Get The REAL Lowdown On The Cloud

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Guest blogger Sarah Landrum of Punched Clocks is here to help grasp everything about the cloud that the fearmongering of movies like Sex Tape and incidents like the Fappening haven’t told you.

It seems like every day, you hear about something else being moved to the cloud. So much has gone completely digital recently – from smartphone apps to PC software – and whether you know it or not, you’re probably already involved in the cloud on a daily basis.

So what is the cloud? How does it work? Here’s everything you need to know about cloud computing:

What is the Cloud? The cloud is not a thing or a physical place. Rather, it’s a network, kind of like the Internet, of different servers that run applications or deliver a computing service. Unbeknownst to you, the cloud is likely making your life easier every day: providing the social media feeds you check every few hours, or letting you access your emails as they’re delivered to your inbox.
The short version: The cloud is any storage that is not on a device or computer.

What comes from the Cloud? An example of a service delivered through the cloud would be Google Docs. In order to use Google Docs, you don’t have to purchase or install any software to your computer. All you have to do is create a free account through Google, and start creating documents via the Internet. You can then access these documents and files from any Internet-connected device or computer. They’re stored on a Google Docs server, rather than on your computer’s hard drive.

An example of an application stored – or hosted – on the cloud is Facebook. Taking a photo on your phone stores it to your phone’s hard drive. However, if you then share that photo on Facebook by uploading it, it is copied to a remote server, and stored in the cloud. You, and others, have access to it via the social media app.

 

What are the advantages of using the Cloud? It’s self-service, and you only pay for what you use. Whether you’re a startup of one or a team of 30 people, your business may only need specific things. Using a cloud service allows you just as much as you need, which saves you time, money and the stress of having to deal with extra hardware or software you don’t need. These customizable solutions allow you to build a service based on your specific needs and keep your data safe and secure by using multi-factor authentication.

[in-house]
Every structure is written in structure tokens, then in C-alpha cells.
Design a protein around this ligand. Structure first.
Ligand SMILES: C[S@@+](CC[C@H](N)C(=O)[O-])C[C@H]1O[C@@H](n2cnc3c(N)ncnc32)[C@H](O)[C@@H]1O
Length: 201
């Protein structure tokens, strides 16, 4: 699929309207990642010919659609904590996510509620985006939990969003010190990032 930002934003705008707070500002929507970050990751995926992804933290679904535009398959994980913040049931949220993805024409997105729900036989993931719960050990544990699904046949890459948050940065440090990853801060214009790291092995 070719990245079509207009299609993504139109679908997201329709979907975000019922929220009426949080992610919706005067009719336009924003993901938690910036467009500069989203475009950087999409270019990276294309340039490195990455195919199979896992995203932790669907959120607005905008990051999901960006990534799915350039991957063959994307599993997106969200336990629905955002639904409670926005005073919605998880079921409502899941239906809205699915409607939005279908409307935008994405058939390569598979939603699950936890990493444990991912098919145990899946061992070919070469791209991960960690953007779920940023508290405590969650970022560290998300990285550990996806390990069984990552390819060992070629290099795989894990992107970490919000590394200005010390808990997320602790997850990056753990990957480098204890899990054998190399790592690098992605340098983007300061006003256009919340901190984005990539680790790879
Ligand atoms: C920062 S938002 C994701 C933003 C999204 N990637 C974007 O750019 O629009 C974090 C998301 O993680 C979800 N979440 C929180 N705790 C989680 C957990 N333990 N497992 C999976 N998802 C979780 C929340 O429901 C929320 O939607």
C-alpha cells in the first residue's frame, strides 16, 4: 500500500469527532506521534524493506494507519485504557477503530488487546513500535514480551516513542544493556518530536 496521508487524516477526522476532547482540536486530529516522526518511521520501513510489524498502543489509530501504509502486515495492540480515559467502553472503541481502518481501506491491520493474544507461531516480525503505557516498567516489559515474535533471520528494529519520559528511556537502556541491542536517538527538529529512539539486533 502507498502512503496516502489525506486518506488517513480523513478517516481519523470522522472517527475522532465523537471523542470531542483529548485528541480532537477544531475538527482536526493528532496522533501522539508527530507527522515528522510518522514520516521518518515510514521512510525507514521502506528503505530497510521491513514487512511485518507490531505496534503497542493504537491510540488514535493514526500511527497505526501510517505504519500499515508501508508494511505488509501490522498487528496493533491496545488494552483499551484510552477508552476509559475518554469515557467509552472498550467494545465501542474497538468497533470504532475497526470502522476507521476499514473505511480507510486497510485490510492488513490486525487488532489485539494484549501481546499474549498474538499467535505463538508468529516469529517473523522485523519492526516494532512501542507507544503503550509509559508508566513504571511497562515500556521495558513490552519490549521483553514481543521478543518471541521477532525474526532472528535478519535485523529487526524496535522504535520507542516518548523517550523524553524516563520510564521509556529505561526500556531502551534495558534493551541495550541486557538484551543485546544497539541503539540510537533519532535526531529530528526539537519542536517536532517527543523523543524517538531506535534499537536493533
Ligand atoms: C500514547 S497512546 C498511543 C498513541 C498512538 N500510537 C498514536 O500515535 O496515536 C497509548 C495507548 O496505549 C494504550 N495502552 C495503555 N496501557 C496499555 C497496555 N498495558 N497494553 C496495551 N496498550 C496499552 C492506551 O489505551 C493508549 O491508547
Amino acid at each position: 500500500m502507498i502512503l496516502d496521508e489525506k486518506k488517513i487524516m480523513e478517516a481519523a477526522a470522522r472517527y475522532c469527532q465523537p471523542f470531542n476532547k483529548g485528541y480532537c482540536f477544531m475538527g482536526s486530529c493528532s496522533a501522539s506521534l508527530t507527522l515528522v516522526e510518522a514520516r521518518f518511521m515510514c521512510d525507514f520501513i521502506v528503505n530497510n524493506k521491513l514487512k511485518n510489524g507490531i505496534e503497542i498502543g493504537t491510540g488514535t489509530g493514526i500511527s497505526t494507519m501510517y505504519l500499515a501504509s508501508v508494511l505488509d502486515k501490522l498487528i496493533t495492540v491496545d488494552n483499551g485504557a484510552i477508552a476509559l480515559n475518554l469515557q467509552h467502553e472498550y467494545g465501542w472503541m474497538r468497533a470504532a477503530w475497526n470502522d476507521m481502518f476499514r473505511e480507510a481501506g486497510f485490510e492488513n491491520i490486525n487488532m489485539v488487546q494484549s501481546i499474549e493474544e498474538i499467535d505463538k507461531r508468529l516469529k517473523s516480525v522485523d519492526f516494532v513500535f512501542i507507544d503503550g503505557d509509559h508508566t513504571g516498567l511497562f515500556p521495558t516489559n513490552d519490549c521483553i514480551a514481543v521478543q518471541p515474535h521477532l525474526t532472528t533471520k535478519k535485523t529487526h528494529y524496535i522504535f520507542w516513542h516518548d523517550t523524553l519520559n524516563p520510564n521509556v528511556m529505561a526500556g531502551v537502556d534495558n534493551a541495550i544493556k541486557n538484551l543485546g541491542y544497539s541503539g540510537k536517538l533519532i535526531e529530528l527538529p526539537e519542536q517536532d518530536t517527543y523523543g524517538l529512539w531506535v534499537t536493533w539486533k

Additionally, working on the cloud lets you and your company be agile and efficient. Need to grow quickly? The cloud will let you scale up in a way that works for your business. In the same way, you can scale down if you need to. The cloud is flexible, in addition to being easily adopted.

Any Disadvantages? Using applications and services from the cloud is like renting an apartment rather than buying a home. Depending on what you’re using and how much you’re paying, there’s the potential for it to end up being more expensive in the long run. Do your research before you start using any cloud applications for your business.

As with all aspects of the Internet, there is always a chance you’ll have some down time. Sometimes there’s nothing you can do about service outages, but to keep applications and services running smoothly on your end, you’ll need to have a high-speed broadband connection. This kind of dependency can be bad news

There’s also the matter of security. A lot of people are concerned with Internet security these days, and the cloud can be a source of suspicion. The cloud is great for storing nonsensitive documents and information, but it’s unlikely you’ll want to keep any top secret or proprietary information in a free cloud service or application. For encrypted information on a small scale, upgrade to paid storage on something like Google Drive. Just be aware that your information is still accessible from anywhere on the Internet, and there are security risks associated with that.

The Bottom Line You’re already using the cloud every day. It’s not a huge jump to move from your hardware and software systems into using the cloud on a larger scale, but take it slow. Because of the cloud’s flexibility, it can wait until you’re ready for it. You don’t have to jump in with both feet, but if you do, make sure you know all you can about what you’re going to be using.

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